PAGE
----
Economists warn investment ‘groupthink’ could hurt pension outcomes
Diversifying investment risks could increase the chances of pension funds all having to cut benefits at the same time, Dutch economists have argued.
Writing for the journal Economische Sociale Berichten (ESB), Dirk Broeders and Rob Bauer – economics professors at Maastricht University – warned that pension funds hiring the same actuarial advisers and asset managers often made the same strategic investment choices.
Their research showed that this herd behaviour in particular applied to alternative asset classes such as commodities, private equity, hedge funds and real estate.
“With alternatives, pension funds tend to focus on what other schemes do, as these investments are often more complex, have a higher risk profile and are less liquid than equities and bonds,” the economists said.
Although such diversification through adding alternative investments was a proper way of risk management for individual schemes, the economists said this did not necessarily lead to a more stable pensions system at a macro level, according to Broeders and Bauer.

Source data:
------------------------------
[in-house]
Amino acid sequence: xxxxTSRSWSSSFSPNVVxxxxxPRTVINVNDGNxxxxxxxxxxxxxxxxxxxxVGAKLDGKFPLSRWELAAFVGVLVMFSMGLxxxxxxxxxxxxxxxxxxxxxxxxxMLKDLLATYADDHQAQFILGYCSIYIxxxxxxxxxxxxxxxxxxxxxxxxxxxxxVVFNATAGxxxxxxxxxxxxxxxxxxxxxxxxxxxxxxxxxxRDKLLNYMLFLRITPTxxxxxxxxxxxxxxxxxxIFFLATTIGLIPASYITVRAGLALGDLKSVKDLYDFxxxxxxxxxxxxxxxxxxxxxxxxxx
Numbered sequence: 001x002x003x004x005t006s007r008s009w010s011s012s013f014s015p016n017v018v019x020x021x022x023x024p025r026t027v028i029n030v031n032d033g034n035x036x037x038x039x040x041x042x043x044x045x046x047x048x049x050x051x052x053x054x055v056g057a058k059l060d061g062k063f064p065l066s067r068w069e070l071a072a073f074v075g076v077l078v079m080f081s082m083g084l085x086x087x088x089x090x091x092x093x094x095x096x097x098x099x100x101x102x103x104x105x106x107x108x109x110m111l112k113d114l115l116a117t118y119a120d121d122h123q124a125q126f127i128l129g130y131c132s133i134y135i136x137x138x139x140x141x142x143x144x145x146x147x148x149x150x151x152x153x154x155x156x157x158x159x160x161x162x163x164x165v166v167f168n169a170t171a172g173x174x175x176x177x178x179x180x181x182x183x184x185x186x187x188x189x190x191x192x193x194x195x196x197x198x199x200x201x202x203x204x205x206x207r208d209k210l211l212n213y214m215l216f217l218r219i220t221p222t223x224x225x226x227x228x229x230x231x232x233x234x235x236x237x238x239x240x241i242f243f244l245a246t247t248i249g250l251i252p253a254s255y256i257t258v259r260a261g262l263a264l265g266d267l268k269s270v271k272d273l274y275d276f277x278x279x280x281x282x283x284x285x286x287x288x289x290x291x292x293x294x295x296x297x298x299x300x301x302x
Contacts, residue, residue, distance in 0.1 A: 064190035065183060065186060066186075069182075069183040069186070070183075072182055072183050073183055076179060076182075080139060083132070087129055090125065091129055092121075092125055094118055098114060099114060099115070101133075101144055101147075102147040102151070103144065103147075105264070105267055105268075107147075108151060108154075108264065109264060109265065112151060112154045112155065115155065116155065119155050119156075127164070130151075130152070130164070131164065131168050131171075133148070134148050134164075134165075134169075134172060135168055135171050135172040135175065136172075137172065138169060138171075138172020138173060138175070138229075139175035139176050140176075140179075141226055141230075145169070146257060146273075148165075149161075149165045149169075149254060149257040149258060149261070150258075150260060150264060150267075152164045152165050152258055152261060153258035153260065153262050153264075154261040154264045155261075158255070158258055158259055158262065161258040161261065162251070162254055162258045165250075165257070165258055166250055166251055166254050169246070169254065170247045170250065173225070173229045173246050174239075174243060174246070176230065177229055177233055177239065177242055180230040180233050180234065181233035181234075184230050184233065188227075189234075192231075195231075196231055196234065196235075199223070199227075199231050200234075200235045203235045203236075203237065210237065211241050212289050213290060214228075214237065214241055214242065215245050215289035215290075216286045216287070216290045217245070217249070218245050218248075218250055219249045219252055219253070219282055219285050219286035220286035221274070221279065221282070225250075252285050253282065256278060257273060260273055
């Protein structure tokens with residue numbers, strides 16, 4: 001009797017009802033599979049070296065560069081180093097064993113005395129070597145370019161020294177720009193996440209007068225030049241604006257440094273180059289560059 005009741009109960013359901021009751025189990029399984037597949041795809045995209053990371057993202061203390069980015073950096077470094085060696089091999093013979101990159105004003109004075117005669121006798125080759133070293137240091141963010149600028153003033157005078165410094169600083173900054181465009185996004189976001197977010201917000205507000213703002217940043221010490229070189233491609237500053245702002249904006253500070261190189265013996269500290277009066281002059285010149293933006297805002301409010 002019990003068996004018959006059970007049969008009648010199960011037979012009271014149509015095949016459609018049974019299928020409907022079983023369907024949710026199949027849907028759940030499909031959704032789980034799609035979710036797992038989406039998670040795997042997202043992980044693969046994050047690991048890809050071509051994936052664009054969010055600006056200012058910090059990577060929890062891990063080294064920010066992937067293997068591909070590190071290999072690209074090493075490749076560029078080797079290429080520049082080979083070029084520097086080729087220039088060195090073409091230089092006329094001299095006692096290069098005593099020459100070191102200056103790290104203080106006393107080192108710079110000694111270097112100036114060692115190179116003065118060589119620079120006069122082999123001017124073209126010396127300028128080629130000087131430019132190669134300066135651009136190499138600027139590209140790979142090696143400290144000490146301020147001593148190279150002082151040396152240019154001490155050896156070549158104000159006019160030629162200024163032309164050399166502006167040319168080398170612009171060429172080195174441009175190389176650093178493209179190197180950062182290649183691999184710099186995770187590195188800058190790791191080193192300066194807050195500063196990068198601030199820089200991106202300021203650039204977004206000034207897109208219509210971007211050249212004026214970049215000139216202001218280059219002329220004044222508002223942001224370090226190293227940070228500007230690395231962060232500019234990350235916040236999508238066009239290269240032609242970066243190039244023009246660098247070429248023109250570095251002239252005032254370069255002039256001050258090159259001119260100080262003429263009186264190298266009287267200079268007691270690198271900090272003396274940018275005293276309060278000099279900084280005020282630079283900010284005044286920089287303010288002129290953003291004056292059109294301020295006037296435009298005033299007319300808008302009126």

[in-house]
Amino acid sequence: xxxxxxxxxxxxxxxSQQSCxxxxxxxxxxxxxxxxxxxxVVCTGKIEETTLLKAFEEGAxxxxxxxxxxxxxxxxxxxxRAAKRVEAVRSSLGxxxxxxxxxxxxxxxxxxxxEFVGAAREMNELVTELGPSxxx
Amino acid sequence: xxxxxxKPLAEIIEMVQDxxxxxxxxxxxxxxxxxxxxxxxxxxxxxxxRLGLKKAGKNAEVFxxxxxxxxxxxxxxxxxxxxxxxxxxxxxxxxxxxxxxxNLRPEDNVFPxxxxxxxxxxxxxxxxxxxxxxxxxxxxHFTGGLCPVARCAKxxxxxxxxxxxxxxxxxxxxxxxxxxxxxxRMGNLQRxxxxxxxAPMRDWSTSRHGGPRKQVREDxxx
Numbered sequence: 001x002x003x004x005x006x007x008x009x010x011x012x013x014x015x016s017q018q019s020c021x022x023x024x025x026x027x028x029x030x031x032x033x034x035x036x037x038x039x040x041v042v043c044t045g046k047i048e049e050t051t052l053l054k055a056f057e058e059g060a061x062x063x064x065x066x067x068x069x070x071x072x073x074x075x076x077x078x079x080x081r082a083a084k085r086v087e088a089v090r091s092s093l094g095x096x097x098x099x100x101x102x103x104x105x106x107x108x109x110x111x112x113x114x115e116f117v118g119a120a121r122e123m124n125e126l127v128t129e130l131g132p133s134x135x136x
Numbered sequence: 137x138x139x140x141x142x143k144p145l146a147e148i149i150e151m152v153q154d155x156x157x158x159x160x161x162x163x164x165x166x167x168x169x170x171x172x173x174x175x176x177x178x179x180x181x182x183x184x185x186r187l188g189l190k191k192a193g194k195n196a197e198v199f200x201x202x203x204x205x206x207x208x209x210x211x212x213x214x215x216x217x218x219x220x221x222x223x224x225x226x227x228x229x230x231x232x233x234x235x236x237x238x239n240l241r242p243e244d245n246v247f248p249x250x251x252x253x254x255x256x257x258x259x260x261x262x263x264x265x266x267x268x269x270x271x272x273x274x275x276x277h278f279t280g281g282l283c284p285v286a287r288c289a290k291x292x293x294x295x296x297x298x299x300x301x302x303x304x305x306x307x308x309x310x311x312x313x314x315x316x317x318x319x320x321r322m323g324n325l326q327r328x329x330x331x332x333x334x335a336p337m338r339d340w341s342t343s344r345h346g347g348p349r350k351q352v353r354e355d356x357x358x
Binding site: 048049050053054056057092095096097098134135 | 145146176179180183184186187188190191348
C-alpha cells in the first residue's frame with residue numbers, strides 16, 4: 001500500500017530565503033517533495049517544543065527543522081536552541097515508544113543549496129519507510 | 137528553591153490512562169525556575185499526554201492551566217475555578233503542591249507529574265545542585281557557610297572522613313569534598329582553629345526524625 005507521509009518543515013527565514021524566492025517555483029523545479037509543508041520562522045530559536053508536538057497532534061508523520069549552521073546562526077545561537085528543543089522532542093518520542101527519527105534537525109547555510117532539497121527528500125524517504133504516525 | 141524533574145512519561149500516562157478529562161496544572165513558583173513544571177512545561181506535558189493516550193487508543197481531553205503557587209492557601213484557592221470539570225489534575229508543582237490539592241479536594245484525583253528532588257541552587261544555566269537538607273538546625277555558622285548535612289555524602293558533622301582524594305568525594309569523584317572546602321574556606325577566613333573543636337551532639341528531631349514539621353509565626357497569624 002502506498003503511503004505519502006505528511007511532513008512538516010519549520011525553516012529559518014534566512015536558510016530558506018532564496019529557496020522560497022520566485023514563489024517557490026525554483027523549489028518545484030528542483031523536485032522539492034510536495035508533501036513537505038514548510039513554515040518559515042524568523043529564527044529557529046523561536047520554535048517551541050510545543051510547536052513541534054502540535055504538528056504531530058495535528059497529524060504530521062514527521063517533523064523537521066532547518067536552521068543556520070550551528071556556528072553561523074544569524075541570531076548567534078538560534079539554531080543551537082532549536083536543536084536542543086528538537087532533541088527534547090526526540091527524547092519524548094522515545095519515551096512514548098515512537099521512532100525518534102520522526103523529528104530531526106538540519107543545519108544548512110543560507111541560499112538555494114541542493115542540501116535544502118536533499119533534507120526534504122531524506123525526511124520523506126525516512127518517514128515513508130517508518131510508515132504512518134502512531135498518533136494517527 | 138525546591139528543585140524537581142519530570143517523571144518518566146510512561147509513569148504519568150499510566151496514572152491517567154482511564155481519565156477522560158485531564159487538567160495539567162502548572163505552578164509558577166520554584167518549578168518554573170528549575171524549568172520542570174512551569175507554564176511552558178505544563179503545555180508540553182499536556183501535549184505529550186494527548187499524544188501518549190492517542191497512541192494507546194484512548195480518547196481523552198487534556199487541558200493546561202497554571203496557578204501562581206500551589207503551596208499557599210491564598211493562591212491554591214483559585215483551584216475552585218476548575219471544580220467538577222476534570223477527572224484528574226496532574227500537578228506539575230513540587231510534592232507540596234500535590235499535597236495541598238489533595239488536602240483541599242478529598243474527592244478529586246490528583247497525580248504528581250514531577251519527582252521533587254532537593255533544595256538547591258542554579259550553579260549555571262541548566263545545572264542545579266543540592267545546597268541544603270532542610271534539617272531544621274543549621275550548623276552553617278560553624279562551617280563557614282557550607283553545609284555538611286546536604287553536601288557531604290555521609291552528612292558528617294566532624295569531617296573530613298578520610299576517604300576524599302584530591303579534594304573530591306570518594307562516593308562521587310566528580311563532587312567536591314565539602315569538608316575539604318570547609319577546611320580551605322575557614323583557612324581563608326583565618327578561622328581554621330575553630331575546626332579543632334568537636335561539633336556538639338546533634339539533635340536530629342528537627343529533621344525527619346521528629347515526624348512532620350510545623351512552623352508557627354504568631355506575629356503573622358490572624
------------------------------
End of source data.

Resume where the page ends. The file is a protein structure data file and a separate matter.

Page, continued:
If pension funds followed each others’ strategy, they acted as a more or less equal group, the economists argued, with funding ratios tending to move in the same direction and increasing the risk of simultaneous funding shortfalls. They referred to a potential systemic risk.
“The consequence may be that many schemes have less potential for inflation compensation and even run the risk of [pension] rights discounts at the same time,” they said.
Broeders, who is also a policy officer at regulator De Nederlandsche Bank, said such an effect was “undesirable”.
“We don’t want all banks running into problems at the same time,” the researchers said.
From a macro-economic perspective, the Dutch pensions system would be more stable if pension funds diversified in different ways, Broeders said. However, how this should be done required additional research.
Last year, Broeders, along with other researchers, found that pension funds hiring the same actuarial adviser tended to increase their risk profile in 2015, using a one-off option offered by the Netherlands’ new financial assessment framework.
Their survey discovered the same tendency at pension funds using the same asset manager, albeit to a lesser extent.
In Broeders’ opinion, the fact that pension funds shared information through the same actuaries and asset managers was not negative.
“It is absolutely normal and even inevitable, as pension funds face similar decisions,” he said. “Also, there are fewer advisers and asset managers than pension schemes.”